18 December 2013 — Environment Minister Greg Hunt’s office has promised that there’s been no cut to the funding for the Emissions Reductions Fund in the mid-year budget forecasts and that a green paper on how the ERF will work will be out this week, hopefully by Thursday.
But while that’s good news for the property industry, which hopes to reap an environmental retrofit bonanza from the ERF, if its recommendations are taken up, the news for local councils, community groups and energy efficiency advocates and consultants ranges from dreadful to devastating.
Rob Murray-Leach, chief executive of the Energy Efficiency Council, said his members were “livid” at the “bizarre” announcement that came out as part of the Mid-Year Economic Forecast cutting support for the Energy Efficiency Opportunities Program after June 2014.
“People are confused and very, very angry,” Murray-Leach said.
Environmentalists were devastated at the loss of funding for the Environmental Defenders Office.
Those who hoped for a reprieve for the Clean Energy Finance Council were also disappointed. Treasurer Joe Hockey told media that it would be axed despite making money for the government because there was still a cost of funds involved.
It took some direct confirmation with Hunt’s office though to work out whether funding for the ERF was still in place because for some reason Treasurer Joe Hockey has bundled all climate related budgetary items into a generic “climate spending” category.
Mr Murray-Leach said the moves on energy efficiency were regressive for the economy. Energy savings were a net gain, he said.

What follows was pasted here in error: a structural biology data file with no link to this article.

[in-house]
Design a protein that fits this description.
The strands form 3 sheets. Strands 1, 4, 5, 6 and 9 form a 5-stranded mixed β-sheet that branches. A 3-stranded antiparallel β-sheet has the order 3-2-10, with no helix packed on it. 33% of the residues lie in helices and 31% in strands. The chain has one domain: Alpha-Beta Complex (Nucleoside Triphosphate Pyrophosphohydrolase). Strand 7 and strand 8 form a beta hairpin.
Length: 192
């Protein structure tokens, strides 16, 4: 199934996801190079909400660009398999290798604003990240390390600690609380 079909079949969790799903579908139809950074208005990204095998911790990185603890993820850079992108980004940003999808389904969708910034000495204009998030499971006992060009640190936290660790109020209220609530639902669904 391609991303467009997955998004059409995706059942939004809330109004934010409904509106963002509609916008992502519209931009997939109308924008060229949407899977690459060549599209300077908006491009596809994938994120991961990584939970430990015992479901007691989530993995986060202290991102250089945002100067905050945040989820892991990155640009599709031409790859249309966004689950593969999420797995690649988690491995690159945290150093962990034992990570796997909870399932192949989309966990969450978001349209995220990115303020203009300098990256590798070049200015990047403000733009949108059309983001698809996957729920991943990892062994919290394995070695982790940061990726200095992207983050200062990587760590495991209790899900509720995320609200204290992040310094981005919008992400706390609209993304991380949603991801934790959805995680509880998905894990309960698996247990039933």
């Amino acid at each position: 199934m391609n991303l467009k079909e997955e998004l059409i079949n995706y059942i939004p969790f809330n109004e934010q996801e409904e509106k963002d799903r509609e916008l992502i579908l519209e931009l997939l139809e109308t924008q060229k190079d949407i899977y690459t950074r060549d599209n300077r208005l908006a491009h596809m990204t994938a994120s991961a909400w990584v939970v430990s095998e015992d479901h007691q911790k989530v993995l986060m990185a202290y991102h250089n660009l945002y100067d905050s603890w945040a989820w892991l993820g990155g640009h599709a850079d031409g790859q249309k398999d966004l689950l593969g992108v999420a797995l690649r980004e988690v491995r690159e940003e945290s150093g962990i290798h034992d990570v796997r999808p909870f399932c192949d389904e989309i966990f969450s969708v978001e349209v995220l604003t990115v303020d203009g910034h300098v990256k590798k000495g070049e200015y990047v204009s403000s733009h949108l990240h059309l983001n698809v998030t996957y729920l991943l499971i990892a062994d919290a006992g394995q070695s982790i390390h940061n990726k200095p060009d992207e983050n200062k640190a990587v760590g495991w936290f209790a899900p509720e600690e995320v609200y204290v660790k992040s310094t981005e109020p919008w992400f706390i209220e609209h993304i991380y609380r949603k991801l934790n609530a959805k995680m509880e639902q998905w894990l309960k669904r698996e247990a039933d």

“The Abbott Government has just created huge uncertainty in a fragile economy; people are absolutely livid,” Mr Murray-Leach said.
“The Government hasn’t scrapped the Energy Efficiency Opportunities Program, because its legislated, but they’ve cut funding to administer the program after June 2014.”
A review of the Energy Efficiency Opportunities Program in 2013 found that it had helped participants find “well over a billion dollars in energy savings every year, and participants had voluntary implemented projects to save $808 million a year”, Mr Murray-Leach said.
“With manufacturing on a knife edge and energy prices rising, the government should be doing everything it can to help businesses save energy. Every dollar invested in the program has delivered $2.90 of benefits to Australian business.”
A recent survey by the Energy Efficiency Council, CHOICE and the Brotherhood of St Laurence found that 79 per cent of households wanted governments to help homes and businesses save energy, with just two per cent against government action on energy efficiency.
Total funding for the ERF is in the forward estimates at $300 million, $500 million and $750 million, a total of $1.55 billion over the next three years.
This is well down on the $3.2 billion over four years initially flagged during the election campaign and then scaled back to $2.55 billion. Even so these figures reconfirmed by Hunt’s office would require a full $1 billion in the fourth year to meet the election promise amount.
A Summary of the “climate spending” in 2013-14 include:
- the free permit buyback facility provided as part of the Jobs and Competitiveness Program and the Energy Security Fund
- funding for investment by the Clean Energy Finance Corporation;
- the Australian Renewable Energy Agency, which supports research and development of renewable energy and related technologies
- spending across a range of programs that formed part of the carbon tax package, including the Clean Technology Programs, the Biodiversity Fund and the Coal Sector Jobs Package.
From 2014-15 onwards, the key drivers of climate spending are:
- the Direct Action Plan, primarily the Emissions Reduction Fund
- the Australian Renewable Energy Agency
- departmental funding for the Clean Energy Regulator
- previously committed expenditure in the Biodiversity Fund and the Clean Technology Programs, noting these programs will no longer be eligible for new applications beyond 2013-14.